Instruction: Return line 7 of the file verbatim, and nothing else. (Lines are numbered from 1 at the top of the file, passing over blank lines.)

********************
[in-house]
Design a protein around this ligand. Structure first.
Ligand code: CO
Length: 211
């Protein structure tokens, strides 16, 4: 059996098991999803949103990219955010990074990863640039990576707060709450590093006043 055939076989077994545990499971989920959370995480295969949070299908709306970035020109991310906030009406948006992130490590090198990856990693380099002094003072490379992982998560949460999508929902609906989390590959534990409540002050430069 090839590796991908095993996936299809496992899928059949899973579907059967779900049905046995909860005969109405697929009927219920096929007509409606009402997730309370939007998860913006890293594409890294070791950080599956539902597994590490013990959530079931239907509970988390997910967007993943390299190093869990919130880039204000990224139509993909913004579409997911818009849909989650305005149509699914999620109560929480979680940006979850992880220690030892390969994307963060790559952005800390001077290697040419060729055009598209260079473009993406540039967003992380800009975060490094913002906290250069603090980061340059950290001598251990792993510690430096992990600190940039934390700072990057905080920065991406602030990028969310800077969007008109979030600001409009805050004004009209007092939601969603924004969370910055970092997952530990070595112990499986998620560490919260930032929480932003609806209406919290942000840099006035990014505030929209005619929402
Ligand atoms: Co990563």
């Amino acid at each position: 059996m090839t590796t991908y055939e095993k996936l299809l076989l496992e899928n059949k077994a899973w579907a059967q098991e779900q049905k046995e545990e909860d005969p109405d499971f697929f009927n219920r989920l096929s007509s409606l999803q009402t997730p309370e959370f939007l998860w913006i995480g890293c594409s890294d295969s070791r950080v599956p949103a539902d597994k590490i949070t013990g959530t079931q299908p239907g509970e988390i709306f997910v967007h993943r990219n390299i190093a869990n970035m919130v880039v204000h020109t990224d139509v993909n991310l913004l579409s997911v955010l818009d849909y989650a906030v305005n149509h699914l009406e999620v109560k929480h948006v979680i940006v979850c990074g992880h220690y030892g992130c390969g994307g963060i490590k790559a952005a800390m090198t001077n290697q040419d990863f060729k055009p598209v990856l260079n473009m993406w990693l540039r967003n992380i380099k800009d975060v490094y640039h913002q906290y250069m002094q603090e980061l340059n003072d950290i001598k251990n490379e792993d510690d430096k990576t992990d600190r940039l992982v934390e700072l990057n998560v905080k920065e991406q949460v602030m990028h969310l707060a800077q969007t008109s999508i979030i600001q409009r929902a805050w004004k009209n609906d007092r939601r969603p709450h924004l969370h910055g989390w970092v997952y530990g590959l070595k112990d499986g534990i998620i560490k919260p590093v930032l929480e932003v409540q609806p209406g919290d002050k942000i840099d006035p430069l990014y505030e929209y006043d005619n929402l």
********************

């Amino acid at each position: 059996m090839t590796t991908y055939e095993k996936l299809l076989l496992e899928n059949k077994a899973w579907a059967q098991e779900q049905k046995e545990e909860d005969p109405d499971f697929f009927n219920r989920l096929s007509s409606l999803q009402t997730p309370e959370f939007l998860w913006i995480g890293c594409s890294d295969s070791r950080v599956p949103a539902d597994k590490i949070t013990g959530t079931q299908p239907g509970e988390i709306f997910v967007h993943r990219n390299i190093a869990n970035m919130v880039v204000h020109t990224d139509v993909n991310l913004l579409s997911v955010l818009d849909y989650a906030v305005n149509h699914l009406e999620v109560k929480h948006v979680i940006v979850c990074g992880h220690y030892g992130c390969g994307g963060i490590k790559a952005a800390m090198t001077n290697q040419d990863f060729k055009p598209v990856l260079n473009m993406w990693l540039r967003n992380i380099k800009d975060v490094y640039h913002q906290y250069m002094q603090e980061l340059n003072d950290i001598k251990n490379e792993d510690d430096k990576t992990d600190r940039l992982v934390e700072l990057n998560v905080k920065e991406q949460v602030m990028h969310l707060a800077q969007t008109s999508i979030i600001q409009r929902a805050w004004k009209n609906d007092r939601r969603p709450h924004l969370h910055g989390w970092v997952y530990g590959l070595k112990d499986g534990i998620i560490k919260p590093v930032l929480e932003v409540q609806p209406g919290d002050k942000i840099d006035p430069l990014y505030e929209y006043d005619n929402l």